Teachers were not the only change, though. All middle schools have an awful smell. It's created by pubescent boys who have yet to figure out that the foul aroma is actually emanating from their armpits. No middle school aged boy has ever heard the word deodorant. It's been shouted at him by his parents and teachers repeatedly, of course...he just hasn't heard it yet. The halls are filled with more than this malodorous stench. They are also filled with what appears to be real life giants. The students in eighth grade are only a year away from high school and many of them are huge. Not only that. A number of them have facial hair. Three months prior, I was one of the tallest kids in the school. Now, I'm straining my neck to (reluctantly) make eye contact with a bearded guy wearing a denim jacket covered in Iron Maiden patches, who reeks of cigarette smoke (Which is actually pleasant compared to the BO lingering everywhere else). As luck would have it, this monster is in your class because he's been held back the last two years. You know who else was in that class? Girls. When did they start letting girls in school? I swear, I didn't notice a single one of them in elementary school. Now they're everywhere and more interesting than pretty much everything else. Put all of these ingredients into a blender and you have middle school life. It's a huge culture shock and very intimidating. None of this has anything to do with sixth grade being the worst year of my life (up to that point).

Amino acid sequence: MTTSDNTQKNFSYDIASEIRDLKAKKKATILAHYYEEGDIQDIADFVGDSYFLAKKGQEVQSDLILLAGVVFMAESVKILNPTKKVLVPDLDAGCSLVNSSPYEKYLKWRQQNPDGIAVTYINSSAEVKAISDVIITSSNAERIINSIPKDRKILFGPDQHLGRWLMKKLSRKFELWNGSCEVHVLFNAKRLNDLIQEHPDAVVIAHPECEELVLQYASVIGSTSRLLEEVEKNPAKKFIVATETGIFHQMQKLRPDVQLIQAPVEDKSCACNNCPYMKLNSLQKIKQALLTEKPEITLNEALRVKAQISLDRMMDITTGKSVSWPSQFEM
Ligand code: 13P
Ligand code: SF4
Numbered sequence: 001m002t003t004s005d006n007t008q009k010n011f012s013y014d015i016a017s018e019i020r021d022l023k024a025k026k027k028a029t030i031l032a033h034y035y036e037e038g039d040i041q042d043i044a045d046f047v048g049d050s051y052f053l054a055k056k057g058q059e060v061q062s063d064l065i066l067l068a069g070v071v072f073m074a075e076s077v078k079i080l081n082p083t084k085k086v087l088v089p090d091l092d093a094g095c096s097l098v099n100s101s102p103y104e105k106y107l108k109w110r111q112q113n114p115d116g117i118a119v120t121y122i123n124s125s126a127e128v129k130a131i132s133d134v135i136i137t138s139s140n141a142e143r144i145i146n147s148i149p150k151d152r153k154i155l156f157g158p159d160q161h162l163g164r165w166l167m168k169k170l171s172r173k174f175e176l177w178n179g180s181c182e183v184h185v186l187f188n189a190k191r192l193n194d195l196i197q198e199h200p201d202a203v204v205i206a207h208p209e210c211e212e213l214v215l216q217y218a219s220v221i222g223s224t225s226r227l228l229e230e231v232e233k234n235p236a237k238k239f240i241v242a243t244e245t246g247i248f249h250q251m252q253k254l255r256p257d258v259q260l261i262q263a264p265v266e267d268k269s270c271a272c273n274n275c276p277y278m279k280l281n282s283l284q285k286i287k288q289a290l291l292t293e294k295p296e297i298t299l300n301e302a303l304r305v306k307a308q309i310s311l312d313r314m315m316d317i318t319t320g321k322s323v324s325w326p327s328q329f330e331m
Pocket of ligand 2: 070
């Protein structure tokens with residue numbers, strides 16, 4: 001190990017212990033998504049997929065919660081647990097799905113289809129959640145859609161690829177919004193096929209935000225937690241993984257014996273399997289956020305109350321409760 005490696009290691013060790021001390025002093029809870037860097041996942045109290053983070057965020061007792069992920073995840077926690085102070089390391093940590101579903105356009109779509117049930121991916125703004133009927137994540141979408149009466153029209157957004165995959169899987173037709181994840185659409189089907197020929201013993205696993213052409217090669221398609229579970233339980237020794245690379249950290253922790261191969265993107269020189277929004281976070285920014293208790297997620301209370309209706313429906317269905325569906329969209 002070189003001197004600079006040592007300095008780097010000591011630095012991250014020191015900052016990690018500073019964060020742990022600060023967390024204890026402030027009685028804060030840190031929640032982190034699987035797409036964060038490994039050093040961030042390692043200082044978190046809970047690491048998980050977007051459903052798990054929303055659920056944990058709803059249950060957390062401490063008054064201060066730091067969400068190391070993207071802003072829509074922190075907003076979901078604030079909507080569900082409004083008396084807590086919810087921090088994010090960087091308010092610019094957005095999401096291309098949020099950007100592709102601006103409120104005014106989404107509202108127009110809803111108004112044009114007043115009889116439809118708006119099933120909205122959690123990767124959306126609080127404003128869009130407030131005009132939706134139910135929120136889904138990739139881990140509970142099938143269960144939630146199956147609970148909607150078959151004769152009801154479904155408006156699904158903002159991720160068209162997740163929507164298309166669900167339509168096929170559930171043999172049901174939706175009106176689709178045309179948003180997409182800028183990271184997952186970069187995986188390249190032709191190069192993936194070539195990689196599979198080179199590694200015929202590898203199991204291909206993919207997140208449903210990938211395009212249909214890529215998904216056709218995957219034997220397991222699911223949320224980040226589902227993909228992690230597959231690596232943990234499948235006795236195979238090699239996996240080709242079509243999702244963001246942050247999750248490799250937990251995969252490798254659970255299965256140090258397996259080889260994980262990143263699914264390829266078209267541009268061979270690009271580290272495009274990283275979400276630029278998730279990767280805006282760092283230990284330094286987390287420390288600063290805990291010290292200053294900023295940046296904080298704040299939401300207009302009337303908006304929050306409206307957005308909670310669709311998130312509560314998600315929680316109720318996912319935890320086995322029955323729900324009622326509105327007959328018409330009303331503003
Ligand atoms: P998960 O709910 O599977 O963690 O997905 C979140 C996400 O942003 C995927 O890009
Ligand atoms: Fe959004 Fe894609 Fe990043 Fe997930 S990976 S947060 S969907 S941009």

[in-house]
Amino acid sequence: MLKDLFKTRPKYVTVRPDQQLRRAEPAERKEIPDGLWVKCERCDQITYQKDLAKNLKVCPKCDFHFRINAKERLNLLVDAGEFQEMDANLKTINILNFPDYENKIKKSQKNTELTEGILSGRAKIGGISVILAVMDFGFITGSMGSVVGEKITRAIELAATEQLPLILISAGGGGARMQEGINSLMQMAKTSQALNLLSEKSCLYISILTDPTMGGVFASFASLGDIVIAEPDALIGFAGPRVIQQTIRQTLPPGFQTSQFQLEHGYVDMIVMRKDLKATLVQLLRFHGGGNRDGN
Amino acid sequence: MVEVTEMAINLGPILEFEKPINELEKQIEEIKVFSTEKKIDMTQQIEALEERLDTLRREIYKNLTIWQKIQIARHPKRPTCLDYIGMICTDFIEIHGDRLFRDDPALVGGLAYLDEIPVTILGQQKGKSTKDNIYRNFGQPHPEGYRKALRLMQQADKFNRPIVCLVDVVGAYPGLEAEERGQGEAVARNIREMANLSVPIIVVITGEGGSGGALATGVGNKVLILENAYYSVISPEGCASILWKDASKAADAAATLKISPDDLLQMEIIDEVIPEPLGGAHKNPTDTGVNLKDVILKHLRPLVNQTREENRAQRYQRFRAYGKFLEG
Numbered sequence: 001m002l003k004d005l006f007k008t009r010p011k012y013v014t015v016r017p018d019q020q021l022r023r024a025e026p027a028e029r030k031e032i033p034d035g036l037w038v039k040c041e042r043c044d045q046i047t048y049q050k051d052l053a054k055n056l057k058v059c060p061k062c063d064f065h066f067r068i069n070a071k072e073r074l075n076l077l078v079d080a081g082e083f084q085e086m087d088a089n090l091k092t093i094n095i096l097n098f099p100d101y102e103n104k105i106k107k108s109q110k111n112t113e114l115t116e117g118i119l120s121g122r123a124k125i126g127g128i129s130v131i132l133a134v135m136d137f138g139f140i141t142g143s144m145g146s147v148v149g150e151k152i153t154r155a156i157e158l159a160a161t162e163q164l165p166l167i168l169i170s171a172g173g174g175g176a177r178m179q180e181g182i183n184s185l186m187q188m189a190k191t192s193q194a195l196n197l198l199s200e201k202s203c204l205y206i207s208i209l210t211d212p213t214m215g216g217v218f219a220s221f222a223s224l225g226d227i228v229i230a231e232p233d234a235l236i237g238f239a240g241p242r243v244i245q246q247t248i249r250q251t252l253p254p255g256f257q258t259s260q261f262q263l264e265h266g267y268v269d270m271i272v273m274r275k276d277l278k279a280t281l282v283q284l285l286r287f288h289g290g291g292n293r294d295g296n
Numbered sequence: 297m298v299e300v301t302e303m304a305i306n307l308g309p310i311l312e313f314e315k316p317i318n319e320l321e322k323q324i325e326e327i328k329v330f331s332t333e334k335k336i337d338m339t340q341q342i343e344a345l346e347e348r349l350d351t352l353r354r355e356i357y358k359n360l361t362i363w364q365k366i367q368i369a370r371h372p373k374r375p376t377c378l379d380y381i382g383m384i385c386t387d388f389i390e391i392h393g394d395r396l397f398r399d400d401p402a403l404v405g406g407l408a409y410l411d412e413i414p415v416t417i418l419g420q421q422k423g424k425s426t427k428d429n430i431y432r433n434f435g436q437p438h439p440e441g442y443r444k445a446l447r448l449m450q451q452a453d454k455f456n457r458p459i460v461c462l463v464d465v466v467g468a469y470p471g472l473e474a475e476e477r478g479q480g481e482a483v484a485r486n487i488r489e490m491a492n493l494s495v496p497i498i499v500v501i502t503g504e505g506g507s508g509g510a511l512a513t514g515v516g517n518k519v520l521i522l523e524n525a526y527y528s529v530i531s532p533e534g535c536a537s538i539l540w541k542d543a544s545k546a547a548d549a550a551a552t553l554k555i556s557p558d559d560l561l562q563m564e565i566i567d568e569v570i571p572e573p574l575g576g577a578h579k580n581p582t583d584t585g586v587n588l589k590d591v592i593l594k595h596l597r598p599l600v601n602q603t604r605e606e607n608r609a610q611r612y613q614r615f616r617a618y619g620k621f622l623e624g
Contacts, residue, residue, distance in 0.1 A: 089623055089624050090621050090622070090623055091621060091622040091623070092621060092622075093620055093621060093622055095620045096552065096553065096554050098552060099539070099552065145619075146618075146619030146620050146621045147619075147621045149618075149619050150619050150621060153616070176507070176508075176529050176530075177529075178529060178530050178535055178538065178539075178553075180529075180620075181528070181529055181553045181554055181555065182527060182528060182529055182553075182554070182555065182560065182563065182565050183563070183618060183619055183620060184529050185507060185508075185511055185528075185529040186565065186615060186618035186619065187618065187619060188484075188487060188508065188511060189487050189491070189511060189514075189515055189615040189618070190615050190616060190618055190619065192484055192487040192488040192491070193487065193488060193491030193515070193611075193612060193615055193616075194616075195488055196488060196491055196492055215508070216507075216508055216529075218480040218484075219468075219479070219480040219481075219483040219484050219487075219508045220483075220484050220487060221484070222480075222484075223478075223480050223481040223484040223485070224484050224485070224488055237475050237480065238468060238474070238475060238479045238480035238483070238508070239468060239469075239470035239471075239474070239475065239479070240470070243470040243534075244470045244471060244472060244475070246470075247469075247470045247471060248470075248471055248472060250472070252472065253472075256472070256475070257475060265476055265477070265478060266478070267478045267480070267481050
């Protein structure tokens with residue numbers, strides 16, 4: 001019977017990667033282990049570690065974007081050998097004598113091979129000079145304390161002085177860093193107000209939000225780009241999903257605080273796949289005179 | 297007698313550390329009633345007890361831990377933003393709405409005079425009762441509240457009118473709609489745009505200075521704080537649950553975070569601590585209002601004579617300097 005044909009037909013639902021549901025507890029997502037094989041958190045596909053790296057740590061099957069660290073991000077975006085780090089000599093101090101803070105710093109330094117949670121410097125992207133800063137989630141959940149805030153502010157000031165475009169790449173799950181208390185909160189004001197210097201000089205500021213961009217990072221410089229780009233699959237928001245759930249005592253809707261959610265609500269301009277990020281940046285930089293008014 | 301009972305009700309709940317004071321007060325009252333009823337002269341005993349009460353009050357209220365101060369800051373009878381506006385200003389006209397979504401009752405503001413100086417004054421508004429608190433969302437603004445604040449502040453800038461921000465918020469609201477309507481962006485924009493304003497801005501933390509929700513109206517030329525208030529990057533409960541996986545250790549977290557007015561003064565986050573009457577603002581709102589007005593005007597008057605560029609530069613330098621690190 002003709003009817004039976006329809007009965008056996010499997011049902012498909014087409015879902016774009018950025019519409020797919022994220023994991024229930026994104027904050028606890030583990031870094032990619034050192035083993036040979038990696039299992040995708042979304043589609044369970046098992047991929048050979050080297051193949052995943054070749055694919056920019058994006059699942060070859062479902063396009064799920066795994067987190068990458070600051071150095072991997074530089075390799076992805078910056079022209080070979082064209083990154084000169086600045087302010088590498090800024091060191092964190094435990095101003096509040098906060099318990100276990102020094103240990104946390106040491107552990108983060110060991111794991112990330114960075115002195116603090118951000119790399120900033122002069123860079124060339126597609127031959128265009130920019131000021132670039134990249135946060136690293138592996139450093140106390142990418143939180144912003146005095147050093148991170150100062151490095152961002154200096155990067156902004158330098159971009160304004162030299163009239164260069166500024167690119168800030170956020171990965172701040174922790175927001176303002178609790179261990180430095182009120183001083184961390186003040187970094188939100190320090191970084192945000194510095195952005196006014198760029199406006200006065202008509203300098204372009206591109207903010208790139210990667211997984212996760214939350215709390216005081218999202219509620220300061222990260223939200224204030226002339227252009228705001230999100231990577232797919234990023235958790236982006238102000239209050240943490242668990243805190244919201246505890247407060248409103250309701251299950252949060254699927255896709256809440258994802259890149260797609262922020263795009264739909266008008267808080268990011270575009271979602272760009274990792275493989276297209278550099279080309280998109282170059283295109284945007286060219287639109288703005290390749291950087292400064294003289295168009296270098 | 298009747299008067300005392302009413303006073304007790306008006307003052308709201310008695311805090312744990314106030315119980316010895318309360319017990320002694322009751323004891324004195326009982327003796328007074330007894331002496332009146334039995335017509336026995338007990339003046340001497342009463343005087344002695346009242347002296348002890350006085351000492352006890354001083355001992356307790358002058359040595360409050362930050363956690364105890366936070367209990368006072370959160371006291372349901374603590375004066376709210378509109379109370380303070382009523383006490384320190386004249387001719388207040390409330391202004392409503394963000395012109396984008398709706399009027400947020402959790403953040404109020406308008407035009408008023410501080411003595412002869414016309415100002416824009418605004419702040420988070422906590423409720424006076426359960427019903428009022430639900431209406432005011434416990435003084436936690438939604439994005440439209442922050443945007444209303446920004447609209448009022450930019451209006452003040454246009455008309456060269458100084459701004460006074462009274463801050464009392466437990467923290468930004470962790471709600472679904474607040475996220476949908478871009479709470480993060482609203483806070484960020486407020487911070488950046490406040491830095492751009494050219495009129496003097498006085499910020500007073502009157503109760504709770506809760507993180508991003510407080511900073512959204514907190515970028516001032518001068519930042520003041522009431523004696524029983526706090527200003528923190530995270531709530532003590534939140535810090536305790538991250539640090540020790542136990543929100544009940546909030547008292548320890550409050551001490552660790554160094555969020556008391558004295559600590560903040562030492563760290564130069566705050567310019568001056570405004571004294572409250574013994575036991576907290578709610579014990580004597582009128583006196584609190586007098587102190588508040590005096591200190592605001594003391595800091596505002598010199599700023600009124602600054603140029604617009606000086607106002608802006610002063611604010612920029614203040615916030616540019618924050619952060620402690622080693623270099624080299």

Roy Eugene Swam died January 1, 1986. You didn't know him, but that's okay. I didn't really know him, either. Despite growing up only a few miles from my father's father, we spent much more time visiting my mother's parents who lived farther away. If I had to guess (and I'm almost 40, so I do), I probably shared space with him two or three times a year up until I turned ten. It was about that time when, because of diabetes, he had the end of his left foot surgically removed. While he was recovering from his surgery, he moved in with us for awhile. Almost all the memories I have of my Granddad come from these few months.